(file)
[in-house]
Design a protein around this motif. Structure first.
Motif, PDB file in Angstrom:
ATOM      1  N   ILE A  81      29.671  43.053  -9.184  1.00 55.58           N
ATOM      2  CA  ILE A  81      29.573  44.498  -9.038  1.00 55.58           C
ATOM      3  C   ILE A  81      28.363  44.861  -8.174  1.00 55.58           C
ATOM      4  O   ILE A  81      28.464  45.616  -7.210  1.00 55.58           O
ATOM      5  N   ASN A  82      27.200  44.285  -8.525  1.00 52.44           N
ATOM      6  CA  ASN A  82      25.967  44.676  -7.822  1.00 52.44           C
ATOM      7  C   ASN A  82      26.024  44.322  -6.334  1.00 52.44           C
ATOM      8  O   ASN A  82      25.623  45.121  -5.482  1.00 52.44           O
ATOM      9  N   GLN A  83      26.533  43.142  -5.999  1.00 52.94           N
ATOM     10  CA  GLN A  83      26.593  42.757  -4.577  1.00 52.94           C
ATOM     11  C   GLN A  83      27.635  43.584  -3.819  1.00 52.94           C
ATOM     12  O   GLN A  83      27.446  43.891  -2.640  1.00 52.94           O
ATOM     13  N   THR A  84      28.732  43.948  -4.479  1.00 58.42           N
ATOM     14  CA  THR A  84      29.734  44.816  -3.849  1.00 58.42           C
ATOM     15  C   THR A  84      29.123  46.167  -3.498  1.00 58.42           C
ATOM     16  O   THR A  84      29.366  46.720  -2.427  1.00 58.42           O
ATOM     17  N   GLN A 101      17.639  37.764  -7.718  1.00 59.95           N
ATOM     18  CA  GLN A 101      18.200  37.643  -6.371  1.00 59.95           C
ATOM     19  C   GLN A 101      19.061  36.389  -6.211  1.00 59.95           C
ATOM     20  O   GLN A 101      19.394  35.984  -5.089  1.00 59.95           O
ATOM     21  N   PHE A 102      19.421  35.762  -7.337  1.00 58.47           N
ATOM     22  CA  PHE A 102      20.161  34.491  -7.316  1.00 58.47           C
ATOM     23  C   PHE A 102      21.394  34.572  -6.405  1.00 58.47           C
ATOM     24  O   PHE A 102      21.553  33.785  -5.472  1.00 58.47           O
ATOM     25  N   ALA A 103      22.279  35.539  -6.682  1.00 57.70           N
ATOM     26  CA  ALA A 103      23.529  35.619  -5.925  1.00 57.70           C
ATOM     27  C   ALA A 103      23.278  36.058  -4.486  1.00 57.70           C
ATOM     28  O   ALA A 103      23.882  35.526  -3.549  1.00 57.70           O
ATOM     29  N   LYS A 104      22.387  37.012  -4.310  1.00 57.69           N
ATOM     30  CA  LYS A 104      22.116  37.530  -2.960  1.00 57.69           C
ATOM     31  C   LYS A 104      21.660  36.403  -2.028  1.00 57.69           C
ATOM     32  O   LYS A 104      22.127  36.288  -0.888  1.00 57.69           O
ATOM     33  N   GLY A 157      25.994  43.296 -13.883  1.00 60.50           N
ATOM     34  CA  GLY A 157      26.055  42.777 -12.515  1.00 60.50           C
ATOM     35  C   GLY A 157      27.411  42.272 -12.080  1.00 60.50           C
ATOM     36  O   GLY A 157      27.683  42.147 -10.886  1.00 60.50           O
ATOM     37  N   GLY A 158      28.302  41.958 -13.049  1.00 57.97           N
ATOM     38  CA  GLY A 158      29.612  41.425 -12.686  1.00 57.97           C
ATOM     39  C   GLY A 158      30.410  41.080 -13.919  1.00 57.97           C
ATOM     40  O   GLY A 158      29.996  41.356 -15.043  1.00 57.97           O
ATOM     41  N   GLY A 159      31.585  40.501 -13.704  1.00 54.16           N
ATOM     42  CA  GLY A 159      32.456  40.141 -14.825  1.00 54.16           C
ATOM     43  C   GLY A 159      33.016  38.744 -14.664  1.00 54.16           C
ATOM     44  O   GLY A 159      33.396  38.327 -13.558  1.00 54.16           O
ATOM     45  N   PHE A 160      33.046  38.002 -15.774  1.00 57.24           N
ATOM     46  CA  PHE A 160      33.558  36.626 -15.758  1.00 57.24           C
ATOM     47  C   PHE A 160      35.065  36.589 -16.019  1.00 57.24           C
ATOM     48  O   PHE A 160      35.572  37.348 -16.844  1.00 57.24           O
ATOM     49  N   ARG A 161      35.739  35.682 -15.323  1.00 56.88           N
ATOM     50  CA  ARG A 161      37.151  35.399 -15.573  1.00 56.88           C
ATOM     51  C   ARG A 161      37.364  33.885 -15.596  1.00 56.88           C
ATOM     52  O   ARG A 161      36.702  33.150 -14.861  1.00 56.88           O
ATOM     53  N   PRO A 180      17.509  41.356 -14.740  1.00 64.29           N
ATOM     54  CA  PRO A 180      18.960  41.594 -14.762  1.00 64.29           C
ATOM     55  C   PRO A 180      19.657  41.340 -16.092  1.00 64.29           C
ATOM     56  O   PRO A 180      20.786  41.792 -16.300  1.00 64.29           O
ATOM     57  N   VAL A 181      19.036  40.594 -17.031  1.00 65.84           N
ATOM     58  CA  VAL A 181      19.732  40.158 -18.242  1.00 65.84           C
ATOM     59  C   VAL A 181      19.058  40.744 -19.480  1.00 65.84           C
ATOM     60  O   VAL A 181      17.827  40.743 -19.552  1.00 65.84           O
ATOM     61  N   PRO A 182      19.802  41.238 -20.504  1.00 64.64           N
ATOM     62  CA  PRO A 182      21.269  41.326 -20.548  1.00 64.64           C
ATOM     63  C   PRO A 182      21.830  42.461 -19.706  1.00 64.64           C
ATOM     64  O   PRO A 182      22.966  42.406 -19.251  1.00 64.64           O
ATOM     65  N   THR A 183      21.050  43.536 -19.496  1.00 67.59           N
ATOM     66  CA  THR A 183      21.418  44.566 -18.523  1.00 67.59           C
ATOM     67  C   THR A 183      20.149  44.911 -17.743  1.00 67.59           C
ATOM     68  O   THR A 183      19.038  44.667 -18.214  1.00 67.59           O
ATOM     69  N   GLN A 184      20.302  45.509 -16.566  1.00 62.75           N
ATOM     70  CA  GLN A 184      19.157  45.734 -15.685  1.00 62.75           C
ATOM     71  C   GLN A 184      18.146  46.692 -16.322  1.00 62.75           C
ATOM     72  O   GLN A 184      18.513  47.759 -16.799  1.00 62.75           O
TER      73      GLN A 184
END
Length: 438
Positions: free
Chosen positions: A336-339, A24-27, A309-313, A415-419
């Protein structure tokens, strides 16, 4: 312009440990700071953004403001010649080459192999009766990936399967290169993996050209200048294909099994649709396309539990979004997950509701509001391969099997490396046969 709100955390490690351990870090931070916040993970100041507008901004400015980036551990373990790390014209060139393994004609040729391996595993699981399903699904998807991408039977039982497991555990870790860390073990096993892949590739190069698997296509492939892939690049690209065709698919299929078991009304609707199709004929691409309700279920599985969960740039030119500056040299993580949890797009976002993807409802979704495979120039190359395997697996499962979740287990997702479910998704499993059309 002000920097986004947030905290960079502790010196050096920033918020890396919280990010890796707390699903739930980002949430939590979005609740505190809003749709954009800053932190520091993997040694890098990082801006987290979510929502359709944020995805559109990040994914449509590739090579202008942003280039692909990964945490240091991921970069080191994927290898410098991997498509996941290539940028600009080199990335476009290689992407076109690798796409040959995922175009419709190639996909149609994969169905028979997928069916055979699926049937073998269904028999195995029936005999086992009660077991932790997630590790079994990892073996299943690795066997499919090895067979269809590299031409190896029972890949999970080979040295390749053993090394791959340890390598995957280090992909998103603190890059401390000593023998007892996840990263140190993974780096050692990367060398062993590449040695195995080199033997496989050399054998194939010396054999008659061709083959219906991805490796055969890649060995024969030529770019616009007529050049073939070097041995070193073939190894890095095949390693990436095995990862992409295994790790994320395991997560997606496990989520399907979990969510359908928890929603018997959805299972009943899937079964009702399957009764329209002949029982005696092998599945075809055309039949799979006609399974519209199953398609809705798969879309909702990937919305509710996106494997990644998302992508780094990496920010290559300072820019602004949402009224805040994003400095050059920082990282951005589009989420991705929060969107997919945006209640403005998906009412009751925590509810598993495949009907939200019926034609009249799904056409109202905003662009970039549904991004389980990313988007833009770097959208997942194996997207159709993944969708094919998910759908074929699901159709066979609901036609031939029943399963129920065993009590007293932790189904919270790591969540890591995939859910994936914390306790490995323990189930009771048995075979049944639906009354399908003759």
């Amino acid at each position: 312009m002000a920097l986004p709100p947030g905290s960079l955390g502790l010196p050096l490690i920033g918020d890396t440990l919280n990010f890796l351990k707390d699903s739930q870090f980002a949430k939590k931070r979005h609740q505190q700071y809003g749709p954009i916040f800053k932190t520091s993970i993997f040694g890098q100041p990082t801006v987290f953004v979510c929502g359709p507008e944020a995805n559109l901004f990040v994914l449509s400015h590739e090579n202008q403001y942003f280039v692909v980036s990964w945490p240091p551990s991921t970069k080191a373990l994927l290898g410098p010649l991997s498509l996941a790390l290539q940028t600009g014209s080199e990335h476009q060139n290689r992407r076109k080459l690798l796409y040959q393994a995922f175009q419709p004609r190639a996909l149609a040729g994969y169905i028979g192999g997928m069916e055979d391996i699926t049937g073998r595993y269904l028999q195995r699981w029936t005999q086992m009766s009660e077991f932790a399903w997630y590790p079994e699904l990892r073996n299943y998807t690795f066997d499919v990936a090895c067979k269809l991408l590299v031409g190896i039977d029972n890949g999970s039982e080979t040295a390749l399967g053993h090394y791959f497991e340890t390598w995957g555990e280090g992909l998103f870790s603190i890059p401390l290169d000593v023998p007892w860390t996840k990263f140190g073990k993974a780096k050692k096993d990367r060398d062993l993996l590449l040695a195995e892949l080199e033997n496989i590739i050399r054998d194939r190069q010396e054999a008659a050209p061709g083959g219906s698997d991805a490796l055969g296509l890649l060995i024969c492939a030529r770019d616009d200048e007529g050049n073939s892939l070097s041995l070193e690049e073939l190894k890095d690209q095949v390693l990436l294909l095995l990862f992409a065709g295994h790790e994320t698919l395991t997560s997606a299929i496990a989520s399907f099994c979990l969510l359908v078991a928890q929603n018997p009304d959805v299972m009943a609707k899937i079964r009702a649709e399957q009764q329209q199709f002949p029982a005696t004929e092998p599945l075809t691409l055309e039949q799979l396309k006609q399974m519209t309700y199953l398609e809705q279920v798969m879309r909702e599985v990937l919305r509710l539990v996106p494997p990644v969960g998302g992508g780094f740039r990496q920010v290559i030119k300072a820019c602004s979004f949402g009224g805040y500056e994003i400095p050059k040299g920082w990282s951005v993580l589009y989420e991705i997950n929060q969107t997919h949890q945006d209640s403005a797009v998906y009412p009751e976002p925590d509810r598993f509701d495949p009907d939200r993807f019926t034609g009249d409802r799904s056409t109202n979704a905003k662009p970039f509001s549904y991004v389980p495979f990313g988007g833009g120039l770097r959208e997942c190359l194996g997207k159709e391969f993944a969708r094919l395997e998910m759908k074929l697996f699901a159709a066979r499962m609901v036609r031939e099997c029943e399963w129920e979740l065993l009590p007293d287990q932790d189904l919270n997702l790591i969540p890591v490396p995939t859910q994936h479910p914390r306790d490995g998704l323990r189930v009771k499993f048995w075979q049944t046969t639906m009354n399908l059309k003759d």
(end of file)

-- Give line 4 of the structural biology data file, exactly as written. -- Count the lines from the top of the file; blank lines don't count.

ATOM      1  N   ILE A  81      29.671  43.053  -9.184  1.00 55.58           N